Case Studies: ENSO Impacts

This material builds from what we learned on Monday's lecture. Specifically we use the knowledge of how and why the tropical Pacific ocean-atmosphere system changes every 3-7 years to understand how these changes impact the climate of the regional and, in fact, the climate of regions very far away from the tropical Pacific.

From this session you should have an understanding of why El Niño and La Niña cause the climatic changes that they do, both from an intuitive sense based on your present knowledge of basic atmosphere and ocean dynamics, and a specific understanding of the natural variability of this system, its role in affecting the climate of near and far-field regions, and its related societal impacts. This recitation underscores the issue that regardless of your academic focus, year-to-year changes in the ENSO state produce very real climatic, social, and economic perturbations at a global scale.

Here are some of the known global climate impacts of El Niño (warm event) and La Niña (cold event).

Here we consider the effects of ENSO variability on the climate of SE Australia as a case study for ENSO impacts elsewhere. Then, we turn the discussion over to you and ask you to investigate what these ENSO climate linkages really mean, how reliable they are, and how they might be used in practical management decisions on the scale of an individual farmer or governmental agencies charged with allocating irrigation water.

I. Case Study of ENSO Impacts:Australia

II. Response of River Discharge in SE Australia to ENSO

III. Questions for you to consider:

  1. If the weather forecast says there is a 90%, 50% or 20% chance of rain, what does this mean? If it doesn't rain was the forecast incorrect? In yesterday's lab you computed the correlation coefficient (r) between the SOI and SST indices of ENSO. If you were told that the square of the correlation coefficient (r*r = r2) is a measure of the degree of shared variability (relatedness) between two potentially correlated variables, what value of r would you want to have to say a region had a 90%, 50%, or 20% chance of being linked to ENSO? (hint: 90% = 90/100 = 0.90).
  2. What happened in India during last year's El Niño? Drought is expected in an El Niño year (Fig 11) which 1997 certainly was. And ENSO is certainly correlated with food production (Fig 12). But last year was quite normal (Fig 13) -- though not everywhere of course (Fig 14). What are some reasons why the crop yield was not affected by the strong El Niño of 1997? Consider the same question for Peru - Since there is a strong ENSO connection in Peru, what possible reasons are there for the low correlation with NINO3 of maize in Peru?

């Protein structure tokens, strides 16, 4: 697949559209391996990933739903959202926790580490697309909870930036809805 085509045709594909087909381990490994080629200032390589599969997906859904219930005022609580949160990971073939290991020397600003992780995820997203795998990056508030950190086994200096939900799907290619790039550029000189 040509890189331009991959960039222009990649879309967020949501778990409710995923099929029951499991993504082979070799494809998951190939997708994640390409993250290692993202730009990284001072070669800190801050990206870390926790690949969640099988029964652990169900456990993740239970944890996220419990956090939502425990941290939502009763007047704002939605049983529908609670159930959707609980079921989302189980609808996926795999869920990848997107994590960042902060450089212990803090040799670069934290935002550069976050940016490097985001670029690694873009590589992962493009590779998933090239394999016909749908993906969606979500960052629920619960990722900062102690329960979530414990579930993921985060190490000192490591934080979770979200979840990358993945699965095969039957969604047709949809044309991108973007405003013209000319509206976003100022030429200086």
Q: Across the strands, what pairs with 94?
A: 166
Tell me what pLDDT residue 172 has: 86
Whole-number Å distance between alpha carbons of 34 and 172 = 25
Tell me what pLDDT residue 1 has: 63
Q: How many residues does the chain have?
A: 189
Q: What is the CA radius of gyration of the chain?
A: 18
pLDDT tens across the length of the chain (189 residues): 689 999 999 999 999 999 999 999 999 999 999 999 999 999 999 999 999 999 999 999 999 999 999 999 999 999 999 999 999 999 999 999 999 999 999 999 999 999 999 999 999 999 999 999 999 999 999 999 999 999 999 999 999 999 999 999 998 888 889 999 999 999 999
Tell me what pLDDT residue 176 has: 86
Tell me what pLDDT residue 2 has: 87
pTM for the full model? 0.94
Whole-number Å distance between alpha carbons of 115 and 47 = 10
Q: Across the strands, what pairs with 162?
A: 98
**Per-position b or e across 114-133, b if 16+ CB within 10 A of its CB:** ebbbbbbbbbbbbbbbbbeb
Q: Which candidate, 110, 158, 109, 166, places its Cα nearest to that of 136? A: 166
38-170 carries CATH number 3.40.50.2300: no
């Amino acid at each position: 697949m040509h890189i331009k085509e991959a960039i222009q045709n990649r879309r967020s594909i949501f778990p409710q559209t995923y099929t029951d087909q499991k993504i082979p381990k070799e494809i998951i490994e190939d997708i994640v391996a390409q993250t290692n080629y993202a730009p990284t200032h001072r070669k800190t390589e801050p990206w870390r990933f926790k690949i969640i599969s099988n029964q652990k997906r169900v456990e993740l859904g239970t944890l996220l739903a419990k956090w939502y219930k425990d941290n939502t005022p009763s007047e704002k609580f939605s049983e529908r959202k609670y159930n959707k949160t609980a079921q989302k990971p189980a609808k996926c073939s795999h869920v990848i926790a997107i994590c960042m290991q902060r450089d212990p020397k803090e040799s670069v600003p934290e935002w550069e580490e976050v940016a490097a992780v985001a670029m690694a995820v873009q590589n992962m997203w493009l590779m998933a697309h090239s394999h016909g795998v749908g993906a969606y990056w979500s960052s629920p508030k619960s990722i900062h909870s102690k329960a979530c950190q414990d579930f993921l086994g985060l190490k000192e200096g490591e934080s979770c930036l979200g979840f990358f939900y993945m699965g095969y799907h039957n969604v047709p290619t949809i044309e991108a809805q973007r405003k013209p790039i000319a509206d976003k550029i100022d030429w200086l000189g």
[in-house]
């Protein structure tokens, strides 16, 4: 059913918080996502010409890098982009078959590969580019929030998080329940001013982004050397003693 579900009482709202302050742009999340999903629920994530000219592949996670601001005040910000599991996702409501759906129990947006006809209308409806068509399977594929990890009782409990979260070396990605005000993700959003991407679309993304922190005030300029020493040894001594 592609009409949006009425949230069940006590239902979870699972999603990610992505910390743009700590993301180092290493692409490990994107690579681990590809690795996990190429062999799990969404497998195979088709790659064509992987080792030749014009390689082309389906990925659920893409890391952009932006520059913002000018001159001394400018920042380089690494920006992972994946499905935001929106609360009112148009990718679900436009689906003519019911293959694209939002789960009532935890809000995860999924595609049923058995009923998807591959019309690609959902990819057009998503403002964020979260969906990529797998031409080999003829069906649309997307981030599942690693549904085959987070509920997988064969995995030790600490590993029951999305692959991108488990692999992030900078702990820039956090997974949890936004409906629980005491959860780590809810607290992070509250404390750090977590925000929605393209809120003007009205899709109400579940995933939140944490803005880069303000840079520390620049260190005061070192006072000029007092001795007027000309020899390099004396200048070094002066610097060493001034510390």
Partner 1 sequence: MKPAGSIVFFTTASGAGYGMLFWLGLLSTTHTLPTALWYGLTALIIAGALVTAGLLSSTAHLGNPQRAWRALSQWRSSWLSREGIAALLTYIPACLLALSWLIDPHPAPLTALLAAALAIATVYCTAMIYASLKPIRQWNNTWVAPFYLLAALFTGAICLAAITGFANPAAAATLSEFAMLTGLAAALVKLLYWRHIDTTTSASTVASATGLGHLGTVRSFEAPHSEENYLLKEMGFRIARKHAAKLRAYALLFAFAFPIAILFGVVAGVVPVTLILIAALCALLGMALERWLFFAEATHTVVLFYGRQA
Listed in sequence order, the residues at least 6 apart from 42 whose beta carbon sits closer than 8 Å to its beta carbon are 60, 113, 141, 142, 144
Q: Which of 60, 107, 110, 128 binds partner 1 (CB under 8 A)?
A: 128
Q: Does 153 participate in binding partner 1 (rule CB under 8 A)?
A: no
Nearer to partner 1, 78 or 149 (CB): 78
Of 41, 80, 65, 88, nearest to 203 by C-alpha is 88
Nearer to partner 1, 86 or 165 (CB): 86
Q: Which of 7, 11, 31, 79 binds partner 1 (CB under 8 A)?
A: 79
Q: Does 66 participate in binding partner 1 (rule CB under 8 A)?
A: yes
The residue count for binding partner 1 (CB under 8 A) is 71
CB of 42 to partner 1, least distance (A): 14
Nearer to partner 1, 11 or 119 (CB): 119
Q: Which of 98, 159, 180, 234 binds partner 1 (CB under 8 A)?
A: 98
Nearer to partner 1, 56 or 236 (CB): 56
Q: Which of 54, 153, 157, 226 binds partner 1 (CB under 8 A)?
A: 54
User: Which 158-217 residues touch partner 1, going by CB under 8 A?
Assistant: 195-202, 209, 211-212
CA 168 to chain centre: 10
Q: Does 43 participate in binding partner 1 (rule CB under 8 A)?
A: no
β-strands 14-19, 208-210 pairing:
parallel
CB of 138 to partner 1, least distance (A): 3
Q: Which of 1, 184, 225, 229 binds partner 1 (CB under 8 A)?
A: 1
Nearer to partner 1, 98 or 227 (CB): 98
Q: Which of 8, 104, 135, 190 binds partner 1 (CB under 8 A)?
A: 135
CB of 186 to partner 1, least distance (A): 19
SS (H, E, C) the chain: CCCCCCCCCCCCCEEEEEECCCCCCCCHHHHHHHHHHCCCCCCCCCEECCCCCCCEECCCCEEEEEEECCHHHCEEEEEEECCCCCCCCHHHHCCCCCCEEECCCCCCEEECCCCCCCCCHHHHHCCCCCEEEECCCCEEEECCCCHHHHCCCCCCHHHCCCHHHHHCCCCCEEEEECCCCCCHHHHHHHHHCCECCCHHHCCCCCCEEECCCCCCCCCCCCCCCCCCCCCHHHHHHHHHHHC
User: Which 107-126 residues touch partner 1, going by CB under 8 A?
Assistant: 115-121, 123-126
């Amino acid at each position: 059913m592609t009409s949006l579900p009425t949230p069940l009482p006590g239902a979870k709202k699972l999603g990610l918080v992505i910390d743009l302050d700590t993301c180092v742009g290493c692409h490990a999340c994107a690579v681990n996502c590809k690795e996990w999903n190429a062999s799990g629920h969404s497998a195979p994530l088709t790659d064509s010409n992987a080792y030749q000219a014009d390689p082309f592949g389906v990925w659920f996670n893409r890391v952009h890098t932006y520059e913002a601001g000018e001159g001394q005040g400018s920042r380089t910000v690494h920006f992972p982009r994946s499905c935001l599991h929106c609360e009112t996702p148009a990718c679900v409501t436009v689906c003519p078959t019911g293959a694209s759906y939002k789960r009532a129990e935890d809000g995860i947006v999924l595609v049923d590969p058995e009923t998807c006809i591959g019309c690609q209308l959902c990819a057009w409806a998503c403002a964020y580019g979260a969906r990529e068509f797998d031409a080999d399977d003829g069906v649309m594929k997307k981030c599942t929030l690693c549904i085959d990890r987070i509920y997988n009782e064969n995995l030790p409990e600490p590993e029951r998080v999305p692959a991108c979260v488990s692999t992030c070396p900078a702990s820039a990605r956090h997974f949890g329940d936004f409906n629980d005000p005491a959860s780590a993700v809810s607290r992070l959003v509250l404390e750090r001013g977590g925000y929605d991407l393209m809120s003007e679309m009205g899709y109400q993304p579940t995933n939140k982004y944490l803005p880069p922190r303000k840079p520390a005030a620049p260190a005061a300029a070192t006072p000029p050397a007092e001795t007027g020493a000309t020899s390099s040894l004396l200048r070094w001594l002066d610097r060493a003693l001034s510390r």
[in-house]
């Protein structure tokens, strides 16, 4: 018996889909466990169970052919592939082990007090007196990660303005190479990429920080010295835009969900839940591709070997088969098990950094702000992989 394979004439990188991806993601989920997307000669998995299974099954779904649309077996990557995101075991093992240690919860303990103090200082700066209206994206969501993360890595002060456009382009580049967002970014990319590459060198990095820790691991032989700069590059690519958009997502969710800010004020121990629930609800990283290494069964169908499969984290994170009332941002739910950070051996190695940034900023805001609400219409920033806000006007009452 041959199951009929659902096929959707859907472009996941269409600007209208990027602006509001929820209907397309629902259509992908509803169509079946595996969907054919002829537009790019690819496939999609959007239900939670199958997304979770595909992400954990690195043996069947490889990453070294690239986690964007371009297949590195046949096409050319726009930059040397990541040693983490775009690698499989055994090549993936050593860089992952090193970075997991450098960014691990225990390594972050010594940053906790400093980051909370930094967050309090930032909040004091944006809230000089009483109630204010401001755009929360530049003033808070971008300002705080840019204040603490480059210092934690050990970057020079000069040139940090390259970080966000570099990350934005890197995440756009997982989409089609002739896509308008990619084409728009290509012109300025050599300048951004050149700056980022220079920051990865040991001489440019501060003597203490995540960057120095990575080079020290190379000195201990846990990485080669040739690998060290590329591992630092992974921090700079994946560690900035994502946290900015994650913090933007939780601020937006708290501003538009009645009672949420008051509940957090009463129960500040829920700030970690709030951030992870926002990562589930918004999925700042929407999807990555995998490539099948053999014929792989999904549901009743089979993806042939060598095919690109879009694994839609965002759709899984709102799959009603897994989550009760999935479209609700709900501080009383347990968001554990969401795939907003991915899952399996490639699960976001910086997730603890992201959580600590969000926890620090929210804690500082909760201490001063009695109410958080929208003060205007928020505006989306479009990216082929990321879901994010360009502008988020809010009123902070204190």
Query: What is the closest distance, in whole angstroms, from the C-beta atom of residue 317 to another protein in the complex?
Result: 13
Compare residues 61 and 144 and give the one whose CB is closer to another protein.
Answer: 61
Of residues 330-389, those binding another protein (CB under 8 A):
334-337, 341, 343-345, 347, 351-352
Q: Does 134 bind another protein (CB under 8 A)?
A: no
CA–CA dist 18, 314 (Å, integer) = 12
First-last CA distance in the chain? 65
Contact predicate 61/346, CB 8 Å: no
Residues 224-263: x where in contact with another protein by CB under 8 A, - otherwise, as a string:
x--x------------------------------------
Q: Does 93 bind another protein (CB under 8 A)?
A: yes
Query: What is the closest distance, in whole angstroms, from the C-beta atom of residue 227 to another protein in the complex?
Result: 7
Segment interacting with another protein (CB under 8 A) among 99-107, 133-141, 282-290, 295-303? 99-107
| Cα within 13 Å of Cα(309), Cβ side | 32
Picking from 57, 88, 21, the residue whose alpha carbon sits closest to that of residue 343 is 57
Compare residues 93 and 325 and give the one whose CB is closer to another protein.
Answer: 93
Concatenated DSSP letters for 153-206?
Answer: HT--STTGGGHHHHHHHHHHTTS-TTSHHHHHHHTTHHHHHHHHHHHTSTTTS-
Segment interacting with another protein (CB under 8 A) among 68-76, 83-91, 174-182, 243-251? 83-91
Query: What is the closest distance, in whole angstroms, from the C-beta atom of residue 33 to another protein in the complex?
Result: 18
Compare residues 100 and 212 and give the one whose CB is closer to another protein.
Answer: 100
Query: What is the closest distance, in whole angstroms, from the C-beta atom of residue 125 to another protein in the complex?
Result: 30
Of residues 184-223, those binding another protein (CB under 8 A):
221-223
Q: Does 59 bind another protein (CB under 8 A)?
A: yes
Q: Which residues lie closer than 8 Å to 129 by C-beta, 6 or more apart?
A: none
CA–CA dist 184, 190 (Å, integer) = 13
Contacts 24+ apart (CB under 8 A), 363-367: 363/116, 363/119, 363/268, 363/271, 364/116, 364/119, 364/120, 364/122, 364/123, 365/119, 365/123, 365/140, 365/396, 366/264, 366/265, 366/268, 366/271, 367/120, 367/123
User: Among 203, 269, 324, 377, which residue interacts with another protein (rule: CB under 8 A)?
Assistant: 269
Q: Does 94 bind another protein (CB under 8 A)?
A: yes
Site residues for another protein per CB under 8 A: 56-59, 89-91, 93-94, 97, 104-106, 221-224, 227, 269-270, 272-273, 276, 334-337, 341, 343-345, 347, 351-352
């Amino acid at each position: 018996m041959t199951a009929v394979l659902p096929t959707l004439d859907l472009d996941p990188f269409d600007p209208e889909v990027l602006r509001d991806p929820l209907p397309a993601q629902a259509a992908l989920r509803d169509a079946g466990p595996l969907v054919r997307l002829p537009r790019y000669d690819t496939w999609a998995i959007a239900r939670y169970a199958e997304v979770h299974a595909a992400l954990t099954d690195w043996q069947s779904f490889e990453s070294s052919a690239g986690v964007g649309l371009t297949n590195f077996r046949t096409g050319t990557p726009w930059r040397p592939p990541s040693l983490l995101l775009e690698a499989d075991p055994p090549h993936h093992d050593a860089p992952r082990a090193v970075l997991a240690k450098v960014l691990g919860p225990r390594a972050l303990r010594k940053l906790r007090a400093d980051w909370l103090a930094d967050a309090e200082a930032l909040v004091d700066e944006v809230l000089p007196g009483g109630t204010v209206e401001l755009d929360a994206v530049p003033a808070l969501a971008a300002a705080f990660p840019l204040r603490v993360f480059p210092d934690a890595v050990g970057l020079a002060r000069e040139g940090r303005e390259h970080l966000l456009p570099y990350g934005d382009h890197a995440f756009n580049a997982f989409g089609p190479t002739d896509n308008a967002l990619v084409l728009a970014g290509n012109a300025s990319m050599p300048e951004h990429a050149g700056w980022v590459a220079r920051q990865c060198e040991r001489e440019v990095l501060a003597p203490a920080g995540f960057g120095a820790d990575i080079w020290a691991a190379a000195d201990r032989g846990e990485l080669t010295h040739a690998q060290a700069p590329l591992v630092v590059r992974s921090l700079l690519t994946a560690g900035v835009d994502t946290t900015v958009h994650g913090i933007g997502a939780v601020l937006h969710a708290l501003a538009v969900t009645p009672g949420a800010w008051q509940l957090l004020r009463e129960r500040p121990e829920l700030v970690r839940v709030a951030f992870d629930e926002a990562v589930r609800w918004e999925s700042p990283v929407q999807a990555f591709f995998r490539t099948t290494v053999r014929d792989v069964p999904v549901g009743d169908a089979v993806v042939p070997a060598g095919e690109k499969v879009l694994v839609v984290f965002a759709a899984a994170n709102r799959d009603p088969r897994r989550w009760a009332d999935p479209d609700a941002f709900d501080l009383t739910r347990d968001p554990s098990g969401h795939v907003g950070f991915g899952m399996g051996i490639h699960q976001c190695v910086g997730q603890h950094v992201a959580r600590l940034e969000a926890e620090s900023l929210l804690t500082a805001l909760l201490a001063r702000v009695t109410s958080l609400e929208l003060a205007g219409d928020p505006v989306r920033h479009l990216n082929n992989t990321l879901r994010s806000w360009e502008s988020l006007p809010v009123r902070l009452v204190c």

3. The maize crop in Zimbabwe was planted in October 1997. Suppose you were advising the government at that time? What would you tell them to expect? How confident are you? How would you convince them to pay attention to you? (CF Fig 15 and Fig 16). Using the r-value in Figure 5, what is the degree of shared variability (relatedness) between Zimbabwe crop yield and ENSO? (Hint: see question 1). How could you use this statistic to convince the authorities?
  4. Some places have taken action in the past to mitigate ENSO impacts. In the Nordeste region of Brazil, they adjust planting dates (Fig 17). In Peru coastal farmers plant rice instead of cotton (Fig 18). Which other regions might adopt such strategies? How would this affect the future correlations between ENSO and crop yields for these places?
  5. Arizona (Fig 19), one of the most arid states in the U.S.A., has two large urban centers (Phoenix and Tucson) plus major irrigation zones. Most of the municipal water supply for Phoenix is derived from climate district #4 in the central highlands. Precipitation in this district is significantly different during El Nino years, compared with La Nina years (Fig 20). Which months show the largest differences in precipitation amount between El Nino and La Nina years? What changes in management practices for the water storage reservoirs in the central highlands would be reasonable during El Nino years?

Note: ENSO conditions as of October 1998 are shown in Figure 21 which shows the global SST anomalies as of the end of that month. How does this SST pattern compare with the 1997 El Niño?

Text by Mark Cane, Peter deMenocal, and Jim Simpson.